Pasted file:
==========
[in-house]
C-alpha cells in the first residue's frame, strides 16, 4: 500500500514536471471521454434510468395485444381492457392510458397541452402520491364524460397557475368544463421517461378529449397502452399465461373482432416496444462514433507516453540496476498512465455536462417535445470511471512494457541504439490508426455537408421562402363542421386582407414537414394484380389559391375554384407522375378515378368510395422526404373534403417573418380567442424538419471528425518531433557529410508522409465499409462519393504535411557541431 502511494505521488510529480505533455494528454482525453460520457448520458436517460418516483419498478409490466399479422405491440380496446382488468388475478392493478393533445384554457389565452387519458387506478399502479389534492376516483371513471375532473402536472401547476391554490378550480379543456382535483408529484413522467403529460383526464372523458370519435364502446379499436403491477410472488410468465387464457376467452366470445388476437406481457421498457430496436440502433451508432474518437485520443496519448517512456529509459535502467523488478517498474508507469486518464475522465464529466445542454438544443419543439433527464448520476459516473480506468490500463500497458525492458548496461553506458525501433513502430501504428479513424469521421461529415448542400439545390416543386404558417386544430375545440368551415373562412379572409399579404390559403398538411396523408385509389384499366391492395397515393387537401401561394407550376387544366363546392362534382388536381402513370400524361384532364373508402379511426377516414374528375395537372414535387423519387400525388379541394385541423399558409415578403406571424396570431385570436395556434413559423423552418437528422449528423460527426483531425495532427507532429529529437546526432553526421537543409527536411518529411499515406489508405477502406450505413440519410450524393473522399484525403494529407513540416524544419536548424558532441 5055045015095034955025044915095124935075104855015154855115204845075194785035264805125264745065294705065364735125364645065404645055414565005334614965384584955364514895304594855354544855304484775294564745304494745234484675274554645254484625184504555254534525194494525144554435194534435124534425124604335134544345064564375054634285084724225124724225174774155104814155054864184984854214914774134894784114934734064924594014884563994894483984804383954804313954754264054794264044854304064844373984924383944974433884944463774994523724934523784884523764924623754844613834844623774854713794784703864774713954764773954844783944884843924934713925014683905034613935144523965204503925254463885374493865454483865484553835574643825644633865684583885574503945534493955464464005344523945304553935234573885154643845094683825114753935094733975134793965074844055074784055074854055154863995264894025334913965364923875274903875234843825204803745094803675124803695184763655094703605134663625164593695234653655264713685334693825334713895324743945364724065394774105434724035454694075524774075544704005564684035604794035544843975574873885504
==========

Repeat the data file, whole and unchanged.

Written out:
[in-house]
C-alpha cells in the first residue's frame, strides 16, 4: 500500500514536471471521454434510468395485444381492457392510458397541452402520491364524460397557475368544463421517461378529449397502452399465461373482432416496444462514433507516453540496476498512465455536462417535445470511471512494457541504439490508426455537408421562402363542421386582407414537414394484380389559391375554384407522375378515378368510395422526404373534403417573418380567442424538419471528425518531433557529410508522409465499409462519393504535411557541431 502511494505521488510529480505533455494528454482525453460520457448520458436517460418516483419498478409490466399479422405491440380496446382488468388475478392493478393533445384554457389565452387519458387506478399502479389534492376516483371513471375532473402536472401547476391554490378550480379543456382535483408529484413522467403529460383526464372523458370519435364502446379499436403491477410472488410468465387464457376467452366470445388476437406481457421498457430496436440502433451508432474518437485520443496519448517512456529509459535502467523488478517498474508507469486518464475522465464529466445542454438544443419543439433527464448520476459516473480506468490500463500497458525492458548496461553506458525501433513502430501504428479513424469521421461529415448542400439545390416543386404558417386544430375545440368551415373562412379572409399579404390559403398538411396523408385509389384499366391492395397515393387537401401561394407550376387544366363546392362534382388536381402513370400524361384532364373508402379511426377516414374528375395537372414535387423519387400525388379541394385541423399558409415578403406571424396570431385570436395556434413559423423552418437528422449528423460527426483531425495532427507532429529529437546526432553526421537543409527536411518529411499515406489508405477502406450505413440519410450524393473522399484525403494529407513540416524544419536548424558532441 5055045015095034955025044915095124935075104855015154855115204845075194785035264805125264745065294705065364735125364645065404645055414565005334614965384584955364514895304594855354544855304484775294564745304494745234484675274554645254484625184504555254534525194494525144554435194534435124534425124604335134544345064564375054634285084724225124724225174774155104814155054864184984854214914774134894784114934734064924594014884563994894483984804383954804313954754264054794264044854304064844373984924383944974433884944463774994523724934523784884523764924623754844613834844623774854713794784703864774713954764773954844783944884843924934713925014683905034613935144523965204503925254463885374493865454483865484553835574643825644633865684583885574503945534493955464464005344523945304553935234573885154643845094683825114753935094733975134793965074844055074784055074854055154863995264894025334913965364923875274903875234843825204803745094803675124803695184763655094703605134663625164593695234653655264713685334693825334713895324743945364724065394774105434724035454694075524774075544704005564684035604794035544843975574873885504